I grew up being interested in data, whether that be football results or dad’s golfing scores. After I joined Comic Relief, I realised that data management and analysis was my passion. During my time there, I enjoyed business analysis of our data flows to improve quality and efficiency and reported on our multi-million pound campaigns, helping teams to maximise revenue and increase awareness of our work. I was also lucky enough to travel and undertake live analysis for Red Nose Day USA. I managed the creation of a single supporter view before taking the job of head of data where I worked on strategy and make-up of the team during an organisational restructure. Now at Barnardo’s, I have created a data landscape of our systems, working with services on GDPR and NHS toolkit compliance, and concentrating on the opportunities and ethical considerations around external data sharing and predictive analytics. I would never have imagined where data would take me, but working with different data sets and different stakeholders in the charity sector has been very rewarding and seeing the changes in the industry has been fascinating and I am very excited to be part of what happens next.
There have been many, but doing live reporting on Chris Moyles’ attempt to break the record for the longest show in BBC Radio 1’s history was a highlight as I was able to tell him that he hit a million pounds just as he broke the record. He went on to raise over £2.8 million. From a data perspective, the creation of a single supporter view at Comic Relief was a challenging, but rewarding achievement.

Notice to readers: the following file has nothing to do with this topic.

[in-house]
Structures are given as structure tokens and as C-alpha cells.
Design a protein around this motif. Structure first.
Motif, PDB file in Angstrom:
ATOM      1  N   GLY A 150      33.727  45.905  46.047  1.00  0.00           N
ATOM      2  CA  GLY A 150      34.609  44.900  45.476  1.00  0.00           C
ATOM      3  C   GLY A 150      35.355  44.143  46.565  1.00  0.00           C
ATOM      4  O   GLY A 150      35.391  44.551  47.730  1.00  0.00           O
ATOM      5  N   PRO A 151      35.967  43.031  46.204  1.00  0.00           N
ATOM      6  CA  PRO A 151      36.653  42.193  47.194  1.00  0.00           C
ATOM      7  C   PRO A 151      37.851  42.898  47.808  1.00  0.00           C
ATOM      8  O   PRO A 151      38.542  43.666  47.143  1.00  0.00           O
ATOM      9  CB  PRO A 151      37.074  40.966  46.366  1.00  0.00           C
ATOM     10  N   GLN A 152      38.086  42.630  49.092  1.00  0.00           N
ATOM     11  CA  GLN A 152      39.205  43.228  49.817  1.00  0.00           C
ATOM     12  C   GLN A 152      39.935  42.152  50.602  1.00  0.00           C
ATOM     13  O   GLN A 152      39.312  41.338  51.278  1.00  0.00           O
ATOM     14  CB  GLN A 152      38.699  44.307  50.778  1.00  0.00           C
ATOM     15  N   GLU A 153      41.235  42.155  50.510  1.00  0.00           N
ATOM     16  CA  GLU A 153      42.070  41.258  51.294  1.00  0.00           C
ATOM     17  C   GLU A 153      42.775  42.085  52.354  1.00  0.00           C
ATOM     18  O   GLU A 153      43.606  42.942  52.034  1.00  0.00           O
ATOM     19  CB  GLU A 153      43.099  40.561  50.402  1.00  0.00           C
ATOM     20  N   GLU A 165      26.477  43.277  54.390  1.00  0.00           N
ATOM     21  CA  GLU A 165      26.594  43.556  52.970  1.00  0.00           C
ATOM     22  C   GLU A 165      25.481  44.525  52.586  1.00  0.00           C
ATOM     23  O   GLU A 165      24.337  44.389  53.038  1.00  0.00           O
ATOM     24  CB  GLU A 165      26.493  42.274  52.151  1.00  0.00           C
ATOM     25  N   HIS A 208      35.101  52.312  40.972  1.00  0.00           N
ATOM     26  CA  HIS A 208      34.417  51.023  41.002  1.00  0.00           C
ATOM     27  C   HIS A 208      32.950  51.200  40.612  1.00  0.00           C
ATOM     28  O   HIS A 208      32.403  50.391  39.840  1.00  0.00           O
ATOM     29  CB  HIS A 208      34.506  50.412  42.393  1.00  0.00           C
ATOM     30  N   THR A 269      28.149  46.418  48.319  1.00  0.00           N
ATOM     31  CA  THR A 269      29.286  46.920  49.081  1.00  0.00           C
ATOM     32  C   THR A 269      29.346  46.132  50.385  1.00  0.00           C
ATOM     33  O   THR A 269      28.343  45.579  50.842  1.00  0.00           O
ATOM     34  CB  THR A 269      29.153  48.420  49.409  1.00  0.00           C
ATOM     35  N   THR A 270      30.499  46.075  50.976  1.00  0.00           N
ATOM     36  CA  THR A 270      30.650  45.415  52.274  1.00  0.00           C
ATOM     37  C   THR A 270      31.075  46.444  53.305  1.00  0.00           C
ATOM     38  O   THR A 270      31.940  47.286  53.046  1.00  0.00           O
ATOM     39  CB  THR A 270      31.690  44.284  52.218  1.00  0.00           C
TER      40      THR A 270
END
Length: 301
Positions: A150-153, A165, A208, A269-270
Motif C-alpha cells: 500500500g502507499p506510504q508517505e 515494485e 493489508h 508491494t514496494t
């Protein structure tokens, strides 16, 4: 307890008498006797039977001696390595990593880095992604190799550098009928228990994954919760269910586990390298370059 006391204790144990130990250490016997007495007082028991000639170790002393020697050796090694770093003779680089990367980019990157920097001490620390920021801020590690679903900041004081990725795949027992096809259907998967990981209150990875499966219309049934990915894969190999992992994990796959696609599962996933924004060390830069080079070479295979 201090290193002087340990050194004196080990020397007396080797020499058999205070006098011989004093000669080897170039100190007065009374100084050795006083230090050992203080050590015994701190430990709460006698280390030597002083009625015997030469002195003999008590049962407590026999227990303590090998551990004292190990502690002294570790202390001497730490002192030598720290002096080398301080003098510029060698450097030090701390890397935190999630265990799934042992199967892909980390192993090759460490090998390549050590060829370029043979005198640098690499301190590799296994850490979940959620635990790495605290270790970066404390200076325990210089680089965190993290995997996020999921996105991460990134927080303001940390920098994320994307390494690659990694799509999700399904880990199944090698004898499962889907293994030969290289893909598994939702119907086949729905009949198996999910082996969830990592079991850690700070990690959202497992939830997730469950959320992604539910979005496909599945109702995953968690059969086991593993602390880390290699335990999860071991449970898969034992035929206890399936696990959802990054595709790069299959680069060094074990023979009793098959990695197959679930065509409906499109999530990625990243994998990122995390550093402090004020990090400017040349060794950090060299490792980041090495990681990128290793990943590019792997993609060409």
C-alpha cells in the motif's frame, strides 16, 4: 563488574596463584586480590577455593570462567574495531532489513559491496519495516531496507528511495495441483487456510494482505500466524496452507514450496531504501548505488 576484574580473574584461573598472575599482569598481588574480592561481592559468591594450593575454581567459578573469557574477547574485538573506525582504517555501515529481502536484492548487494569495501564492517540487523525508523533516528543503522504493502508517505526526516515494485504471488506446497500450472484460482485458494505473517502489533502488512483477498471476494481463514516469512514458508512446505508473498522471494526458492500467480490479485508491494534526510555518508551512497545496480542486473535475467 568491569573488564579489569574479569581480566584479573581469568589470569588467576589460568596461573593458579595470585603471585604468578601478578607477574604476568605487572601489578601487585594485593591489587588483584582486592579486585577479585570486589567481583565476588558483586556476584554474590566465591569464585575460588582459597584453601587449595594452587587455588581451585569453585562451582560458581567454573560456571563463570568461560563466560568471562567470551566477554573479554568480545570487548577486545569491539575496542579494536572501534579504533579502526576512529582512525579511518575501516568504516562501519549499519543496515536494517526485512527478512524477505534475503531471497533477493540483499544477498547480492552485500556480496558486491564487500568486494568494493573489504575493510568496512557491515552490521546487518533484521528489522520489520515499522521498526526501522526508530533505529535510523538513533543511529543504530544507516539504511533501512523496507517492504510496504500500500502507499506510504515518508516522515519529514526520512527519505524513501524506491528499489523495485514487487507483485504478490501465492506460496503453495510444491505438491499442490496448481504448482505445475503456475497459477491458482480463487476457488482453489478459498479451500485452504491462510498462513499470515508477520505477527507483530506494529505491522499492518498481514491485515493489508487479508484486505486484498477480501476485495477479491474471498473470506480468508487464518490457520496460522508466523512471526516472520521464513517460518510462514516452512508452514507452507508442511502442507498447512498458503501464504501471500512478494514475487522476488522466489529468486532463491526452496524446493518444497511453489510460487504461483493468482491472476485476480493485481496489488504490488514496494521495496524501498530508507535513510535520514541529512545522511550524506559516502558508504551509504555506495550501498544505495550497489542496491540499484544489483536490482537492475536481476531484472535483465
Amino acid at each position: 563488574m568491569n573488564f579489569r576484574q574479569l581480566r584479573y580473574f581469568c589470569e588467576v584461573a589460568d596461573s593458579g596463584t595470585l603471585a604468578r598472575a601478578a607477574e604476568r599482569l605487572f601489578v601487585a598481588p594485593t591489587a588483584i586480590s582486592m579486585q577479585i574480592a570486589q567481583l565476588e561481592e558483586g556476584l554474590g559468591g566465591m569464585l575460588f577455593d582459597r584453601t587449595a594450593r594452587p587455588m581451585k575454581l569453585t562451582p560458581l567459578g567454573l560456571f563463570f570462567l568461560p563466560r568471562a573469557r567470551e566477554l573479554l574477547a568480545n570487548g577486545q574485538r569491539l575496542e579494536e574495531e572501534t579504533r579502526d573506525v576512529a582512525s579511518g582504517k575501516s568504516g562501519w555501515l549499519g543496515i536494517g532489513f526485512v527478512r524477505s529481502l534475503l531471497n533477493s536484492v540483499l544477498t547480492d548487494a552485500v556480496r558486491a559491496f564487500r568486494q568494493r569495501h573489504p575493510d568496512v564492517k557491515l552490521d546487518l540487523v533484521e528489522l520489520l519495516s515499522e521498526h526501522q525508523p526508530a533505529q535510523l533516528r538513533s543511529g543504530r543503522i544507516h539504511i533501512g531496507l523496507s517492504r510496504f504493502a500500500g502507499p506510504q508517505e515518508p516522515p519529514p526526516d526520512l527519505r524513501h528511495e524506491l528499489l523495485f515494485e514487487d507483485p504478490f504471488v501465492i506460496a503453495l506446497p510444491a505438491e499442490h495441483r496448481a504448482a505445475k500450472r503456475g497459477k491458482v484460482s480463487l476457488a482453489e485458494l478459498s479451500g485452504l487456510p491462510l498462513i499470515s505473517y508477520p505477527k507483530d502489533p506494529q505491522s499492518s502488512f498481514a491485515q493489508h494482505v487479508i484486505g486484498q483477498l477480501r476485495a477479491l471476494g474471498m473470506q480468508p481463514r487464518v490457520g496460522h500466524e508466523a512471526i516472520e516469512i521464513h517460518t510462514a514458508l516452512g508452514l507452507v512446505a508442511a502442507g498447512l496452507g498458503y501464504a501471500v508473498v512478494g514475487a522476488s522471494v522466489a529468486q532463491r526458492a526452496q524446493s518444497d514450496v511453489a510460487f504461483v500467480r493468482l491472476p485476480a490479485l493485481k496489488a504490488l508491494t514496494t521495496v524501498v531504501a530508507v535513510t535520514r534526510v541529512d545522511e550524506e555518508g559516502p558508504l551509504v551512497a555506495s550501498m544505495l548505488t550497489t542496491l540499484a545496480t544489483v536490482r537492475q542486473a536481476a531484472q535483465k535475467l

Speak to people in the industry, keep reading, think about where you want to be and always think anything is possible.
From a personal point of view, it was always going to be a big year due to moving jobs and getting married which was amazing. Work-wise, I knew the work would be varied and it was all incredibly interesting. Industry-wise, it felt like a turning point with regards to the sharp increase in scrutiny on data especially with stories such as Cambridge Analytica.
It feels like reporting on data breach incidents and scrutiny on organisations are only going to increase and we will continue to see the use of predictive analytics and AI in various industries. However, I think there will be more focus on the ethical considerations around the usage of these techniques and how data is used. It will also be interesting to see how the ePrivacy Regulations progress and also how GDPR related incidents are treated.
From my experience, there is always hidden talent within an organisation and giving people opportunities to showcase their talent is one way of helping with progression. However, to complement that, bringing in talent from different environments, ensuring diversity, will help to challenge the status quo. With skills, it is important not just to concentrate on technical skills, but also have training in emotional intelligence to enhance ways of working and relationship management. Finally, working with other organisations to see how they undertake work can be helpful and mentoring is something that has beneficial impact as well.
For me, it is the increase of focus on why we are using data. With the new regulations and increase in awareness, people’s understanding is improving and there is more of an effort to ensure we are collecting data for the right purposes.